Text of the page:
Two groundbreaking studies on autism were published yesterday in the journal Cell. The first study was from a team of neuroscientists at University of California Los Angeles (UCLA), the other study was from researchers at University of California San Francisco (UCSF). Together these studies mark a turning point in autism spectrum disorders (ASDs) research.
The researchers at UCLA are the first to map groups of autism-risk genes by function, and to identify where and when these genes normally play major roles in early brain development. Additionally, they discovered disturbances in neural circuits that define key pathways between parts of the cerebral cortex. The research suggests that early disruptions in neural connections are created by mutations in genes during fetal brain development and are not a result of autism itself.
Their findings were published in the November 21, 2013 edition of Cell in an article titled “Integrative Functional Genome Analyses Implicate Specific Molecular Pathways and Circuits in Autism.” This discovery will help scientists understand how genetic changes cause autism on a molecular level and prioritize targets for future studies.
The scientists at UCSF identified the disruption of a single type of cell—in a particular brain region and at a particular time in brain development—as a significant factor in the emergence of autism. Their findings were also published in the November 21, 2013 edition of Cell in an article titled, “Coexpression Networks Implicate Human Midfetal Deep Cortical Projection Neurons in the Pathogenesis of Autism.”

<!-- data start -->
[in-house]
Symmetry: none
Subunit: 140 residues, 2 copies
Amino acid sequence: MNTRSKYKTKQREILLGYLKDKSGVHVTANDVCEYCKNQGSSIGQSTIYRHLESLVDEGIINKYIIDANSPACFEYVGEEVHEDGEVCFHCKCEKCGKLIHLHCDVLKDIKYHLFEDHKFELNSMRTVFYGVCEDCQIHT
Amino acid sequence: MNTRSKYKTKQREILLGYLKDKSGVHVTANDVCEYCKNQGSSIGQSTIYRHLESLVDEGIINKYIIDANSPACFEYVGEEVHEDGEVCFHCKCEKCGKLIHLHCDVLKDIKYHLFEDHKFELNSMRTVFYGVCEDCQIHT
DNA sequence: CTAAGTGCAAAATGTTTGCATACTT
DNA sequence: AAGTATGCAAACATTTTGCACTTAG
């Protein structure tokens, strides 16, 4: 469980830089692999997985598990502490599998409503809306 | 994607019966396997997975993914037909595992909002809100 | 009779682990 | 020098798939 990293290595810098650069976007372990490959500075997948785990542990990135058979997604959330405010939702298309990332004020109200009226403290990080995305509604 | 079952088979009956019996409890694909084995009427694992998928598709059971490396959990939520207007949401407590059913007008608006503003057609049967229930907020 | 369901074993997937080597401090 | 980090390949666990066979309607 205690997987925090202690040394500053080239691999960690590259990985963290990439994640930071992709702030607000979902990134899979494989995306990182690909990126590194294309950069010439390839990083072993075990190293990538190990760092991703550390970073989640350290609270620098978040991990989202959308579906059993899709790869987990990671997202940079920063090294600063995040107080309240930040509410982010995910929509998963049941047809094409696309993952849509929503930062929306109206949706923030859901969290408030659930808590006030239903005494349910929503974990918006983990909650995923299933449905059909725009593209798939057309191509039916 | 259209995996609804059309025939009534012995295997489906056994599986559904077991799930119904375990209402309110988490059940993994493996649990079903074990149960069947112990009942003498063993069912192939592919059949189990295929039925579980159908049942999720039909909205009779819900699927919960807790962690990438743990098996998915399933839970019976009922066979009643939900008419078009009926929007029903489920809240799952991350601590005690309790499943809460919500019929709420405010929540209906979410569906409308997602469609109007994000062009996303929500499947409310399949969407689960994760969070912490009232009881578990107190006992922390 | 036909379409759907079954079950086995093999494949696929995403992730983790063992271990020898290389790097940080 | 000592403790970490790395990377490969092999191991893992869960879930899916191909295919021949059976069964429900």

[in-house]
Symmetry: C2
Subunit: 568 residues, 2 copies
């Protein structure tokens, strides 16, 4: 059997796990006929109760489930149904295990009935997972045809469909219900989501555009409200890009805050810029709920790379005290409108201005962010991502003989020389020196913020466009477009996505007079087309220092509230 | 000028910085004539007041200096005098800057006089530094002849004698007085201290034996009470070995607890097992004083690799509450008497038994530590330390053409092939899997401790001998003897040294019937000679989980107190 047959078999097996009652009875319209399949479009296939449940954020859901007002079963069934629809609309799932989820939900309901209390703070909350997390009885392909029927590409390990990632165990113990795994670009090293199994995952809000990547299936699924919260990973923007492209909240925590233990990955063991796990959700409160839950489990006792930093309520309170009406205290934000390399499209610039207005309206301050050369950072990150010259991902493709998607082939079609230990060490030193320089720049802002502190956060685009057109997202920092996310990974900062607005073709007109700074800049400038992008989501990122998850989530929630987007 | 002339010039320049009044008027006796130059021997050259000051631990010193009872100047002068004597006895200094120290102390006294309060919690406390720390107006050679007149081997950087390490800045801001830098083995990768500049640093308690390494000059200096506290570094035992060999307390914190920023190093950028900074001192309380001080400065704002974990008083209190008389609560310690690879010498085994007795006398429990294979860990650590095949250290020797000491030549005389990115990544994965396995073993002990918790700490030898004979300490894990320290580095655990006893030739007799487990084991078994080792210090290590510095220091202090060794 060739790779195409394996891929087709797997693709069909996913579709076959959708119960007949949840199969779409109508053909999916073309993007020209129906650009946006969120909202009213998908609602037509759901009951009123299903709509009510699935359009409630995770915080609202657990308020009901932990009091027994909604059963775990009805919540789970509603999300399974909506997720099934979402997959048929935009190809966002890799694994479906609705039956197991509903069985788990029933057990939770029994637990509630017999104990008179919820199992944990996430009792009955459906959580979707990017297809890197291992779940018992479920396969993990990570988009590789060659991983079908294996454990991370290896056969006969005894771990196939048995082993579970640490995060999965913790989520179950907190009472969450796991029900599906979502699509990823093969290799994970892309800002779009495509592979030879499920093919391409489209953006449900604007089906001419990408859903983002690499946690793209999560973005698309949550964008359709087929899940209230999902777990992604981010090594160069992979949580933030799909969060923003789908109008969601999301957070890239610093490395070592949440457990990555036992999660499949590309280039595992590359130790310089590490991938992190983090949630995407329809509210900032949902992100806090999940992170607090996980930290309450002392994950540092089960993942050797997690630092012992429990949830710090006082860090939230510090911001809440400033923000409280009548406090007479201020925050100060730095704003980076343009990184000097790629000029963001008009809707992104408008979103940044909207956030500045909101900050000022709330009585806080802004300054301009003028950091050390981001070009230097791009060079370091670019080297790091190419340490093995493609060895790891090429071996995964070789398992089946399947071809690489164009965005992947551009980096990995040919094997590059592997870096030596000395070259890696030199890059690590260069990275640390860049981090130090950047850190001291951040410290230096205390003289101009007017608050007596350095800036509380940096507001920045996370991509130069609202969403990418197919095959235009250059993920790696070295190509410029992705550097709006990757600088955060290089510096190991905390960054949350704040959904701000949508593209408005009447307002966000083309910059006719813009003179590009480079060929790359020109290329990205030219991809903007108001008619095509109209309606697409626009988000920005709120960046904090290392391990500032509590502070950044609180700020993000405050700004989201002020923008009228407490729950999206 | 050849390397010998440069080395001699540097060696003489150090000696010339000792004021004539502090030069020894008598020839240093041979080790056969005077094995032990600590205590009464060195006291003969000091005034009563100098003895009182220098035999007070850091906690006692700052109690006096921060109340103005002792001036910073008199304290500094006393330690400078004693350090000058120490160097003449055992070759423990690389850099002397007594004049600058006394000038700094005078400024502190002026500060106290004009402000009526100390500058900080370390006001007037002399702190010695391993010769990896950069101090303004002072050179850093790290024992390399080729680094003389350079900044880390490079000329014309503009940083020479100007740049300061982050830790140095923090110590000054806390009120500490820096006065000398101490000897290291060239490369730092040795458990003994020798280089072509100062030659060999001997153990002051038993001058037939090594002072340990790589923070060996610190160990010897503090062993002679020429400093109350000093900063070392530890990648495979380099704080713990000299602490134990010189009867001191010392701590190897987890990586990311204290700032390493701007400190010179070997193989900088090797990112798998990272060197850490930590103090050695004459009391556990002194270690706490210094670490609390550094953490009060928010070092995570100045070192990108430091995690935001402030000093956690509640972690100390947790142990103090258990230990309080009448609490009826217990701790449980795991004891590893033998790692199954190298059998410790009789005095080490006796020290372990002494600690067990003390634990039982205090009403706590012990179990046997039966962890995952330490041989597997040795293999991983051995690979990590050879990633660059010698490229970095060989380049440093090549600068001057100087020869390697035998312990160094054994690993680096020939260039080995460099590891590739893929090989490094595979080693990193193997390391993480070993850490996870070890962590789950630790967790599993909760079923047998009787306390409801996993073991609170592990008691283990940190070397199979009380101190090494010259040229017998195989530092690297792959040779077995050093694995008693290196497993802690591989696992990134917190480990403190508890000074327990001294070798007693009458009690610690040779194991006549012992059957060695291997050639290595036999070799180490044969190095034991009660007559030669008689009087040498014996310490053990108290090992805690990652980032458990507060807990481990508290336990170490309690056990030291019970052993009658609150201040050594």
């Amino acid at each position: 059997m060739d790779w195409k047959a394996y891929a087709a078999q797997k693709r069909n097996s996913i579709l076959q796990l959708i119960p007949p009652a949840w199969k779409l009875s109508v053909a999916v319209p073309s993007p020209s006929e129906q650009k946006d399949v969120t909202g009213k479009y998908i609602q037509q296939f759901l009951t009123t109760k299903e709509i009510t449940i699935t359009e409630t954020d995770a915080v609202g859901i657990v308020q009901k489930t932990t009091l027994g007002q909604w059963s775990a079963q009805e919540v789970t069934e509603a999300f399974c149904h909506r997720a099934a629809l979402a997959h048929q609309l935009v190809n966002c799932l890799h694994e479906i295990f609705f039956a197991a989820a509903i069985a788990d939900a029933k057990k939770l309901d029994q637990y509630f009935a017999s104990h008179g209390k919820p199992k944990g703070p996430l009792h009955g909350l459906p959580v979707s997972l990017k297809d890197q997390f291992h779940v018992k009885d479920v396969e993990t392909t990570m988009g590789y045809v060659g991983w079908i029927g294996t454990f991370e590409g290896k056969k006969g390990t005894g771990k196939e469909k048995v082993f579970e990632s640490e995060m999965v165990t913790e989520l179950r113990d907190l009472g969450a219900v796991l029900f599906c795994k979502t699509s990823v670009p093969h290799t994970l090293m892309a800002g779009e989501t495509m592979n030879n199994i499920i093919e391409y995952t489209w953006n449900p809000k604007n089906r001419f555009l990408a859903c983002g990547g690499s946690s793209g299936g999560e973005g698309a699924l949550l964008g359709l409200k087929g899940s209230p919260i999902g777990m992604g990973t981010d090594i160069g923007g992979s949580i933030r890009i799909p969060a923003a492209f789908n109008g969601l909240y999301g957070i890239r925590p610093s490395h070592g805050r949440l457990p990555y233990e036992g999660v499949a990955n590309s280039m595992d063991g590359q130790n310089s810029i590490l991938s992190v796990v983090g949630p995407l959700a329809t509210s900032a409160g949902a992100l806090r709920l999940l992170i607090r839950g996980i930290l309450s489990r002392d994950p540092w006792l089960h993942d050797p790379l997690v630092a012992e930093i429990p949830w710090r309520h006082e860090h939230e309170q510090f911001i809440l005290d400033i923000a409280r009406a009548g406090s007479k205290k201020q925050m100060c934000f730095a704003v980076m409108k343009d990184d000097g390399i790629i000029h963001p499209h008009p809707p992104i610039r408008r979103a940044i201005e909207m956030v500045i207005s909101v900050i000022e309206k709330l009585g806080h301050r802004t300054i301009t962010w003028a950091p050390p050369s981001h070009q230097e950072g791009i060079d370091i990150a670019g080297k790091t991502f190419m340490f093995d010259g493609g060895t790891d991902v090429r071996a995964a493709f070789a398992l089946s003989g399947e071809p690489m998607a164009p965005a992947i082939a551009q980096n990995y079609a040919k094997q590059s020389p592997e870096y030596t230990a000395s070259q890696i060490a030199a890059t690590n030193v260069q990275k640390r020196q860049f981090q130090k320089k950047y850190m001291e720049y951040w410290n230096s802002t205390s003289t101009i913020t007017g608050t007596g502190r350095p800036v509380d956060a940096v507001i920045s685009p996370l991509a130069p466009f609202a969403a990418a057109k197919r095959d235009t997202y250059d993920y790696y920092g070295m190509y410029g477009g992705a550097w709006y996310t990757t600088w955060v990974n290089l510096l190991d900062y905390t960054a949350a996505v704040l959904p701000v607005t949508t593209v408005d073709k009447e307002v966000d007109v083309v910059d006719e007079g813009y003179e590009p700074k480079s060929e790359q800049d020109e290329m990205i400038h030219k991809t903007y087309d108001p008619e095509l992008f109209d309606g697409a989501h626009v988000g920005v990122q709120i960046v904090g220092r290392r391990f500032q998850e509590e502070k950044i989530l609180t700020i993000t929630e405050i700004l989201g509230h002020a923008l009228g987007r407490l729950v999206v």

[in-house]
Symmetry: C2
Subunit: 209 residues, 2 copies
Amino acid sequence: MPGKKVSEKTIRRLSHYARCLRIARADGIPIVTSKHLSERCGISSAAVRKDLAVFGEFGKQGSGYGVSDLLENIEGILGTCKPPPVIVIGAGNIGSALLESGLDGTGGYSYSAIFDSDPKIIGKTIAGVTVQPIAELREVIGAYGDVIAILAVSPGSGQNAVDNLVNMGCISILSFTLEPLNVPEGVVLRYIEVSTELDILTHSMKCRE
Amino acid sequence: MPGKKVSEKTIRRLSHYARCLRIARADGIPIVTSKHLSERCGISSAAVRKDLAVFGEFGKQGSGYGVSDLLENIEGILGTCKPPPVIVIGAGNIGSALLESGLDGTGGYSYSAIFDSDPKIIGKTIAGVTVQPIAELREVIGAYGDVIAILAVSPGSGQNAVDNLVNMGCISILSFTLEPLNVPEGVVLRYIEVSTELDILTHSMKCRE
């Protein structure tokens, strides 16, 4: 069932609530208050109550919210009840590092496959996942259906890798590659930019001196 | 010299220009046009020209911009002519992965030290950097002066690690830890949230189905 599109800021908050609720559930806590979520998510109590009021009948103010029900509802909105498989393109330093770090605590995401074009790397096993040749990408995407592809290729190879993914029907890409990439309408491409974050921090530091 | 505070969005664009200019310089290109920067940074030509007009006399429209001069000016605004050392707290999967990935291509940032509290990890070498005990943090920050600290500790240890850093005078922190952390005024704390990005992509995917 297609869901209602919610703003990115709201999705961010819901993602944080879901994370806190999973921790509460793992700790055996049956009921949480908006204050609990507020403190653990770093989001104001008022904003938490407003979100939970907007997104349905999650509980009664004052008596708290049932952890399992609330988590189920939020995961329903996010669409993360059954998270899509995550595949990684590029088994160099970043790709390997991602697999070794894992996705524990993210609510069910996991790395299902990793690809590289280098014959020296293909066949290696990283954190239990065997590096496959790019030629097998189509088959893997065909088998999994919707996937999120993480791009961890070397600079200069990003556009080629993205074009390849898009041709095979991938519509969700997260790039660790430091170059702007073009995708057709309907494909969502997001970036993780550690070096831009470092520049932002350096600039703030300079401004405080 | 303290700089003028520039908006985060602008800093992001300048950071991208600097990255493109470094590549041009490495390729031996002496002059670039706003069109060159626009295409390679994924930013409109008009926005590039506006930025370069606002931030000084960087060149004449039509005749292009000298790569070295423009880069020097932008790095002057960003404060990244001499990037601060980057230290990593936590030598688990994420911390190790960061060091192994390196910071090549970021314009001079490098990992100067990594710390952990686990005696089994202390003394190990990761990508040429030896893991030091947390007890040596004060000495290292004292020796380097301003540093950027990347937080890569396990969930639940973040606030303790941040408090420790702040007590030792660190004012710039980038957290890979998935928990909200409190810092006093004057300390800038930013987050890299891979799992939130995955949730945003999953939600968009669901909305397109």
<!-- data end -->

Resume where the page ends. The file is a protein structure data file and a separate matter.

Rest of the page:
The statistics of autism are alarming. About 1 in 88 children are now identified with an autism spectrum disorder (ASD) according to estimates from the CDC. This number has almost doubled since the year 2000 when only 1 in 150 children were diagnosed with ASD. Autism spectrum disorders are almost 5 times more common among boys (1 in 54) than among girls (1 in 252).
What is the cause for the dramatic rise in autism? Some believe that it may be a result of heightened awareness leading to more diagnoses, while others believe something else is triggering autism-risk genes to mutate and wreak havoc on the developing brain.
ASDs are marked by deficits in social interaction and language development, as well as by repetitive behaviors and/or restricted interests. They are known to have a strong genetic component. But these disorders are extremely complex, with considerable variation in symptoms and severity.
There Are Over 1,000 Autism-Risk Genes
Unfortunately, there doesn’t appear to be specific group of gene mutations that always lead to ASDs which makes it difficult to study. According to some estimates, there are as many as 1,000 genes that could play a role in the risk of developing ASD. Also, researchers have identified many rare, non-inherited, spontaneous mutations that appear to act in combination with other genetic and non-genetic factors to cause ASDs.